Continued from: The Origin and Development of Yoga. Part II
It is the Upanishads, however, which put yoga on a firmer foundation. It is in these varied texts that we start to see yoga assume a more definite shape. The Sanskrit word Upanishad is made up from the words shad, ‘to sit’, upa, ‘near’ and ni, ‘learn’. The whole word can be interpreted to mean sit down near and receive teachings from a master. The word upanishad can also be interpreted as secret teaching. There are believed to have been about two hundred different Upanishads, the oldest of which was written somewhere around 600 B.C. and the most recent as late as the fifteenth century A.D. Traditionally, one hundred and eight of these Upanishads are regarded as authentic, and of these only about twelve or thirteen are regarded as being authoritative. The major Upanishads are the Isha, Kena, Katha, Prashna, Mundaka, Mandukya, Taittiriya, Aitareya, Chhandogya, Swetasvatara and Brihadaranyaka. They vary enormously in their contents – the Mandukya is the smallest with a mere twelve verses while the Brihadaranyaka and Chhandogya each contain a few thousand words. The Upanishads are also known as the Vedanta – the culmination of the Vedas, for they are said to contain the essence of the Vedas.
The essential message of the Upanishads is that the Self can only be known through union (yoga) and certainly not by mere speculation and learning. Furthermore, it is emphasized again and again that the Self is not to be realized outside; it is not something separate, but at the very core of our being. The Upanishads use words as a means and not as an end. When asked to define the Self, or consciousness, one of the sages gave the wonderful but very unintellectual or alogical reply: ‘neti-neti’, which means ‘not this, not this’. The Upanishads don’t paint a completely rosy picture of the yogic path – effort is required. For as the Katha Upanishad says, the path is as narrow as the razor’s edge. There is a similar saying from another great yogi and spiritual teacher, Christ, who said: “Narrow is the way which leadeth unto life (selfrealization).”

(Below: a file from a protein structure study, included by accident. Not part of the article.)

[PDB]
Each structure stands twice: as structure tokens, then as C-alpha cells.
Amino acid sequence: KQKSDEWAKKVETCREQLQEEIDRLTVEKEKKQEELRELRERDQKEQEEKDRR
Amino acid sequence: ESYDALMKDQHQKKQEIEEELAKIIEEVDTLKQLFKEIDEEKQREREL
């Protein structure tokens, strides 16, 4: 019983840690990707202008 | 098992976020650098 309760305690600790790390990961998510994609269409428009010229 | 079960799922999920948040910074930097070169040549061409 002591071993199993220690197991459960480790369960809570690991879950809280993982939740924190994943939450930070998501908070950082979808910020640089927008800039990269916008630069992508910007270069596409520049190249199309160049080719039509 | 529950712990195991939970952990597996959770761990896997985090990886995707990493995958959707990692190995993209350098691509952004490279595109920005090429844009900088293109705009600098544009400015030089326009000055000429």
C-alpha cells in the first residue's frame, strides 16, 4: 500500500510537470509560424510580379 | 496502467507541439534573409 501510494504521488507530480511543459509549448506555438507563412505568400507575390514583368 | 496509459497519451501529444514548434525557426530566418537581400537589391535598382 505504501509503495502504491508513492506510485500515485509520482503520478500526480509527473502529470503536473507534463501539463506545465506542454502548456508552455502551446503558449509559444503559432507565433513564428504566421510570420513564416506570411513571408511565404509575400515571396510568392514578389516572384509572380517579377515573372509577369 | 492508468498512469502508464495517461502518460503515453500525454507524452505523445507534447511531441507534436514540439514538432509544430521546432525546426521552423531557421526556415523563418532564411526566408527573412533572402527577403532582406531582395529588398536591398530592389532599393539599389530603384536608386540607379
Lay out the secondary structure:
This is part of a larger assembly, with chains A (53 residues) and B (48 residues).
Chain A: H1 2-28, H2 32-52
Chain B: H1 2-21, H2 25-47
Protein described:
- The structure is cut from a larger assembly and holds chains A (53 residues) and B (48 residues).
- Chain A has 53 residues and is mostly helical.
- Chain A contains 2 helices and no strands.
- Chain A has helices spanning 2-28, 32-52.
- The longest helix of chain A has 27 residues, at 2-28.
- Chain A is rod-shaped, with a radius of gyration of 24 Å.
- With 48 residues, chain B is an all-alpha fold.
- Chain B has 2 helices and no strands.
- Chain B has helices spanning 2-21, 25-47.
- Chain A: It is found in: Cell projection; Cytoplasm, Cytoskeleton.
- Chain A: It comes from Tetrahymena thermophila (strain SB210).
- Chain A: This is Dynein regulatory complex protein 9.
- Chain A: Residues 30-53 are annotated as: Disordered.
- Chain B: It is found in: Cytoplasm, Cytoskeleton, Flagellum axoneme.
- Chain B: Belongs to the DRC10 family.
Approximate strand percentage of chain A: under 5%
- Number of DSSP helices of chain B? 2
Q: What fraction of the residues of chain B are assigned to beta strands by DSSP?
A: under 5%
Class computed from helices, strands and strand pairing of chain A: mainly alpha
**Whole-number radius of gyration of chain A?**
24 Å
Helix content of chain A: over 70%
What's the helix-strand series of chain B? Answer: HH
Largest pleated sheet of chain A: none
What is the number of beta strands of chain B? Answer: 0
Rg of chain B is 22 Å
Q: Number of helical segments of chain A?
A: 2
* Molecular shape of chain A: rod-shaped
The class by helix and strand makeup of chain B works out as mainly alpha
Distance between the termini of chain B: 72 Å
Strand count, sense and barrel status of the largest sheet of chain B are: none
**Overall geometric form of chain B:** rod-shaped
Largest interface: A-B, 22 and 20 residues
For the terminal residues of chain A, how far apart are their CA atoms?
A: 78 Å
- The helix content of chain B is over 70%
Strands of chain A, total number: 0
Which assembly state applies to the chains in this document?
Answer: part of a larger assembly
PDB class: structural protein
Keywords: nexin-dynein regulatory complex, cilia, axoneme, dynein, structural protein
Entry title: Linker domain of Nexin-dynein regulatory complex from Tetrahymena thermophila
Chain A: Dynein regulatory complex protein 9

Many of the Upanishads try to describe the highest spiritual experiences and the illumination or knowledge that they received. To this end they use analogies, stories and sometimes beautiful poetry. Other Upanishads are more practical and describe mental attitudes that must be cultivated and adopted in order to both begin and make progress on the yogic path. Others make brief statements regarding methods that can be practised in order to induce meditation. Many other topics are also discussed.
The Upanishads are numerous and the subjects that they cover too diversified for there to be any full treatment of their contents here. However, we can give a brief summary of the scope of their teachings.
Many of the Upanishads devote much space to describing prana and its implications. The earlier Upanishads – the Brihadaranyaka, Chhandogya, Taittinya, etc., were fully aware of the fact that prana is the substratum behind all life forms. They describe the psychic pathways which exist witbin, but not of the physical body, through which prana flows, including the all important nadis, ida, pingala and sushumna3. In the later Upanishads such as the Prashna and the Katha this theme was further develop-ed. The different forms of prana within the body were mapped out according to the functions performed and it is stated that there are seventy two thousand nadis or pranic channels within the body. The concept of the kundalini (psychic and spiritual power) in the form of a serpent within the body is also indicated.
Continue to: The Origin and Development of Yoga. Part IV